My county of Suffolk, with its beautiful beach destinations and idyllic rural villages, is a wonderful place to live but is all too often lazily caricatured as somewhere with few issues, least of all poverty and hunger.

The reality is very different.

In May of this year, an End Child Poverty report showed that an estimated 50,000 Suffolk children were living in poverty. Our local food banks repeatedly warn of ever-growing demand. And while deprivation is largely rooted in towns like Ipswich and Lowestoft, it is no less pernicious in our rural communities which have seen public services slashed and isolation grow.

This is why I thought it was crucially important that we brought the Co-operative Party’s campaign on Food Justice to Suffolk County Council.

I had five key asks:

  1. Nominate a Cabinet Member with responsibility for delivering food justice in Suffolk;
  2. Increase the take up of Free Schools Meals;
  3. Urge the government to enshrine its existing commitment to UN Sustainable Development Goal 2 into domestic legislation;
  4. Ask our Scrutiny Committee to investigate the extent and causes of hunger in Suffolk and make recommendations about what can be done to tackle it;
  5. Work with our District and Borough Councils and other partner organisations to develop and implement a Food Justice Action Plan which would look to eliminate food poverty in Suffolk.

As is often the case when you put forward a motion as an opposition party, you have to be prepared to accept amendments from the ruling administration in order to secure agreement. In this instance, the Conservatives wanted to highlight the additional funding given to food banks and the Holiday and Activity Programme in Suffolk, as well as to welcome the government’s extension of the Free School Meal programme over the summer holidays.

Given that all of my proposals were left untouched, these did not feel like unreasonable requests. With the Tories filling 50 out of the 75 council seats, it would have been both churlish and counterintuitive to reject a genuine, albeit rare, attempt to secure cross-party support.

However, I welcomed this additional support with a caveat. While recognising the Trussell Trust, FIND and many other food banks for their unwavering support of our communities, I do not believe we should have a society where food bank usage is increasingly prevalent.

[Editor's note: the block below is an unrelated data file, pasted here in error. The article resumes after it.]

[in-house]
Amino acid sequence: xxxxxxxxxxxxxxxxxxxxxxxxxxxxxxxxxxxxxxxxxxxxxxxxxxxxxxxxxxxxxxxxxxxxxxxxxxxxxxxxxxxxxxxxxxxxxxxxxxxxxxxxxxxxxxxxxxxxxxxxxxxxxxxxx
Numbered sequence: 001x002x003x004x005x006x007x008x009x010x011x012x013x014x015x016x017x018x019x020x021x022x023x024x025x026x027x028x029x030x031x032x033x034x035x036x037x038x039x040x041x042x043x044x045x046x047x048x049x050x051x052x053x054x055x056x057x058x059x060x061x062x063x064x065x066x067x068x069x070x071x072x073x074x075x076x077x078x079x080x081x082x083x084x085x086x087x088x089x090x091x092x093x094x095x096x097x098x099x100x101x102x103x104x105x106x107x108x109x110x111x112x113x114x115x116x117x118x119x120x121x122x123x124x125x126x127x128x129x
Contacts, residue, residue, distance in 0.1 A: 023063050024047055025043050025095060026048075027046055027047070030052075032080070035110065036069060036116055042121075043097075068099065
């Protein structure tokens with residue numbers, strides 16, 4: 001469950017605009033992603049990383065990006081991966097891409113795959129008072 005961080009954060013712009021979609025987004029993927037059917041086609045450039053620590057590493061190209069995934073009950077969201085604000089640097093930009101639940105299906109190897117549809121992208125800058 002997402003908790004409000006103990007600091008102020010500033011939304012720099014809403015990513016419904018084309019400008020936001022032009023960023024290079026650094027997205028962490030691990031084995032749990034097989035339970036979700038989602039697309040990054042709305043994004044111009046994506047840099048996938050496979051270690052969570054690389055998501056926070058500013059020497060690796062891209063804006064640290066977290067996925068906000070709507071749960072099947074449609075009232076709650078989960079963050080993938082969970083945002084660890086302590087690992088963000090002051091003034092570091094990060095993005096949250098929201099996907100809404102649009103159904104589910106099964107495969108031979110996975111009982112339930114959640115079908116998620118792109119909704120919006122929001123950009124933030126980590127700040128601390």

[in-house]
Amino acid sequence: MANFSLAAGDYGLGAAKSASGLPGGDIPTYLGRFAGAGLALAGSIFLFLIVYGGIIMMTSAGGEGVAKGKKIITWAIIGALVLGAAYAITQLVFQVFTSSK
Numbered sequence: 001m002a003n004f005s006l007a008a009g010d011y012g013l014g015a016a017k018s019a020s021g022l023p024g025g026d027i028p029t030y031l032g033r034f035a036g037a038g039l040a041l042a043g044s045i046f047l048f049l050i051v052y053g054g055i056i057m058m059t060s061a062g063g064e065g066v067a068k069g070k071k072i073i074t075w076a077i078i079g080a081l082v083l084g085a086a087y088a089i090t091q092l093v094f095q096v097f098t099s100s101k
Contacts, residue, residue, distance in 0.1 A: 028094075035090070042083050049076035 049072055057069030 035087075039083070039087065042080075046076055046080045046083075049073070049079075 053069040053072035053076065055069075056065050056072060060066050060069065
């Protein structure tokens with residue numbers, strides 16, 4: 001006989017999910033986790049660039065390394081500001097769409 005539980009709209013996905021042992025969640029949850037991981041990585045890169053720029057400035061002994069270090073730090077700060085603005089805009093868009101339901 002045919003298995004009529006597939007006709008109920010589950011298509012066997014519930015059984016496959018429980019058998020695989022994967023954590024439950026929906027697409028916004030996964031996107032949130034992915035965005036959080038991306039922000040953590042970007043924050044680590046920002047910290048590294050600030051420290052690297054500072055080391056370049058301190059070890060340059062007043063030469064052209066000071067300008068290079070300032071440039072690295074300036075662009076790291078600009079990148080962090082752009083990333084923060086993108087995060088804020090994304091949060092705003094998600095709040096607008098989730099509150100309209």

And while I welcomed Boris Johnson’s belated u-turn on extending Free School Meals, it frankly would have been unedifying for any government to have left children to go hungry in these exceptionally difficult times. Child hunger does not stop for the summer holidays.

During my speech, I urged the council to work in partnership with food producers and retailers. The National Farmers’ Union already does important work to combat food poverty, as does the East of England Co-op. Having their expertise around the table is crucial in enabling Suffolk to build resilient local supply chains and keep investment in our local economy. Given our county’s proud agricultural heritage, it would be a missed opportunity if we didn’t.

I also highlighted the important work that Sustainable Food Places do to promote local food partnerships. These partnerships bring together a variety of stakeholders that help drive innovation and best practice in their local area. It would certainly be worth seeing how we could produce a similar model here in Suffolk.

We live in the sixth-richest nation in the world. No one, least of all children, should be going hungry. But while the UK is committed to eradicating hunger by 2030, the injustice of food poverty is growing, not abating.

As reported by the Food Foundation in 2016, more than 8 million people in our country struggle to put enough food on the table and nearly 5 million people regularly go an entire day without eating. In 2018-19, The Trussell Trust, the largest UK food bank network, provided 1.6 million packages of emergency food. The figure was 41,000 a decade before. Around 10 per cent of the NHS budget goes on treating Type 2 Diabetes.

The true long-term extent of the coronavirus pandemic on jobs and livelihoods is not yet known, but it has already put major pressure on the finances of local families.  The Trussell Trust has reported that food banks nationally saw an 89 per cent increase in demand during April 2020, and the number of families with children receiving emergency food parcels almost doubled compared to last year.

It is why the commitments Suffolk County Council has now made to tackling food poverty is so vital.

This motion may not bring about an immediate change, but it is a significant step forward in fighting the root causes of poverty and food hunger for people in Suffolk.